Kitty Dukakis Says Intermarriage Strengthened Her Ties to Judaism

Kitty Dukakis has responded to critics who say that, as a Jewish woman married to a non-Jewish man, she would serve as a bad role model were her husband to be elected president of the United States.

In an interview with the bimonthly magazine Tikkun, the wife of Massachusetts Gov. Michael Dukakis said her marriage to the likely Democratic presidential nominee actually encouraged her to seek a “more formal identification” with her Jewish roots.

“When people write articles, as they have, about the fact that I would be a bad role model because I am married to a Christian, what they don’t realize is that there are men and women like myself who are much more closely identified with their Jewish roots because they have married outside the faith,” she said in an interview conducted May 20 by Michael Lerner, editor of the progressive magazine.

Dukakis was responding to an editorial that appeared in the Denver-based Intermountain Jewish News at the height of the primary campaign, charging that a Dukakis presidency would represent a troubling endorsement of intermarriage.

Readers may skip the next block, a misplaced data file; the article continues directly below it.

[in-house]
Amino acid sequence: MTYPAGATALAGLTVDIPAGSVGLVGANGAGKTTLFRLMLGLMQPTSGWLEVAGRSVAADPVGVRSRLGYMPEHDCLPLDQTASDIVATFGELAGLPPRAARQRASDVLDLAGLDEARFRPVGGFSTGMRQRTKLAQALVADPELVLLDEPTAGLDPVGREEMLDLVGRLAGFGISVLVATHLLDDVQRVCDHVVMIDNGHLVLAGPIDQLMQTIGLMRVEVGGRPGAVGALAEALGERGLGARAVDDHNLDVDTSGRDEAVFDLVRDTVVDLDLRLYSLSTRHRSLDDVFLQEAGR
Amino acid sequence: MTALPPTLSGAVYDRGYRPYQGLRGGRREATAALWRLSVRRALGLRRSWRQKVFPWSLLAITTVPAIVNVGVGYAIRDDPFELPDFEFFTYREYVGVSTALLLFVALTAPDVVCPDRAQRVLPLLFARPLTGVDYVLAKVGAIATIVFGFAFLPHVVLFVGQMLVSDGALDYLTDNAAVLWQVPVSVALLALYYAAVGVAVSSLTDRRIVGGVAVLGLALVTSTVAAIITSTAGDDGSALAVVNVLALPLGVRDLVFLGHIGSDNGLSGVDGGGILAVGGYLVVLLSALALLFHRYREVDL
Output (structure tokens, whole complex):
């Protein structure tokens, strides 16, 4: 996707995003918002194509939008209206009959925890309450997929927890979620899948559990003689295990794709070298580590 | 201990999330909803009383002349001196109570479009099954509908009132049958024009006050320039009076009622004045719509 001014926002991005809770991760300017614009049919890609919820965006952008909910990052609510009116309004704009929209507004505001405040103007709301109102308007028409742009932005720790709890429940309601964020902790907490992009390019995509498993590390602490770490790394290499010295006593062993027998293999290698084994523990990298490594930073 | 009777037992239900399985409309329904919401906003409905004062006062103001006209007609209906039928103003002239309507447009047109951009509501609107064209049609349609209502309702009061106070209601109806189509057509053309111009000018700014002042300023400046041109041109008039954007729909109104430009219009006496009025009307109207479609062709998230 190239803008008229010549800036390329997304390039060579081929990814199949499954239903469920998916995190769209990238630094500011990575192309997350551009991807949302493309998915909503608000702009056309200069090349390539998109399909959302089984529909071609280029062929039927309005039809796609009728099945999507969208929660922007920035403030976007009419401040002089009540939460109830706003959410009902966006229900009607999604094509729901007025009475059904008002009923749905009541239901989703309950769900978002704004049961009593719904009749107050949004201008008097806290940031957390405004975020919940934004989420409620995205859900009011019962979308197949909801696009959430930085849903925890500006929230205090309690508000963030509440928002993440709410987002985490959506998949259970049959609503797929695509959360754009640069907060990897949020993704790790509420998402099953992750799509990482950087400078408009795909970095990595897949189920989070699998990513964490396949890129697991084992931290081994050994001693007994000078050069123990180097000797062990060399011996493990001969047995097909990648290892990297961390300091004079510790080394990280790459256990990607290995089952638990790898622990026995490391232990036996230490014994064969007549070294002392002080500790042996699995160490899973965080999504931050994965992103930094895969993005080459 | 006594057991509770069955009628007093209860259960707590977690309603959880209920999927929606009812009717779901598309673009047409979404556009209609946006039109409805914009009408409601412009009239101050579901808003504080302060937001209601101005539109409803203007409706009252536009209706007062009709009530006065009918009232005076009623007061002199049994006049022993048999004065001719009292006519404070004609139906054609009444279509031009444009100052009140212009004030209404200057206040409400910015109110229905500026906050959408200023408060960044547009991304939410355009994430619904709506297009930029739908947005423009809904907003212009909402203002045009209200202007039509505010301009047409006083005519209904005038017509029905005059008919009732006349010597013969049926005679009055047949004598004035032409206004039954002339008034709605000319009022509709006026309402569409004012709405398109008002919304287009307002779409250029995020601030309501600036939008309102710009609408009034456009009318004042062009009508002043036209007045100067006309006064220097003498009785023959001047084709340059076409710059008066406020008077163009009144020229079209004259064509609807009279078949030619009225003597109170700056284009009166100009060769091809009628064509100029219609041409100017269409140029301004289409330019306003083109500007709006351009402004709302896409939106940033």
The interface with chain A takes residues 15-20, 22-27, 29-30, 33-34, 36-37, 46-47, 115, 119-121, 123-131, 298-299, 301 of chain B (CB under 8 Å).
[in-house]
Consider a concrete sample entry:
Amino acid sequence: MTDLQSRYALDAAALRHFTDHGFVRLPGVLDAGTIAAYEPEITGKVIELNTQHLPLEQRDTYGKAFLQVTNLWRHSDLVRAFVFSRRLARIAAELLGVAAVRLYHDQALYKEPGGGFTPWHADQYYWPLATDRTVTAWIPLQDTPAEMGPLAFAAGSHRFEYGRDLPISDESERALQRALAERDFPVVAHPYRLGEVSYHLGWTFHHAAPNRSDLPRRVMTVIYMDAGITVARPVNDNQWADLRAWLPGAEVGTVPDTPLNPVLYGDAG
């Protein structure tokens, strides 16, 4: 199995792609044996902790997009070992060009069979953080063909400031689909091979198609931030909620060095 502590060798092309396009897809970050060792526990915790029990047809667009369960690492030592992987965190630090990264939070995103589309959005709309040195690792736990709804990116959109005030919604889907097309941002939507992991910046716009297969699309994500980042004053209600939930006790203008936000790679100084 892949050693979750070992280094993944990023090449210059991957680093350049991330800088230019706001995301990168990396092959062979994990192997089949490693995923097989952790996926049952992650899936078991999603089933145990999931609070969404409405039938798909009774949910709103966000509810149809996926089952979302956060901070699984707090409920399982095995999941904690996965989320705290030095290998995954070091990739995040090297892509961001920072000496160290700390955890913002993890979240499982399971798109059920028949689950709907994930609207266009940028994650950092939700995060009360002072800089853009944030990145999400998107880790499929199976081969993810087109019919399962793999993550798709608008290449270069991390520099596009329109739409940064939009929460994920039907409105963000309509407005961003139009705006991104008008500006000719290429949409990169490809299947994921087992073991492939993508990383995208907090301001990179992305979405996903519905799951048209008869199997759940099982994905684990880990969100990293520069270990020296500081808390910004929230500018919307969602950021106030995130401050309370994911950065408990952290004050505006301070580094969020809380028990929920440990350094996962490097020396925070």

In the Tikkun article, Dukakis spoke at length about her Jewish upbringing in the Massachusetts suburb of Brookline, saying that she has a “very emotional connection with my heritage.”

She also indicated that she would play an active role in shaping White House decision-making on Jewish issues should her husband be elected president in November.

Asked by Lerner which Jewish leaders a Dukakis administration would work with, Dukakis replied, “I don’t think I can answer that definitely, because it’s a policy Michael and I haven’t discussed.”

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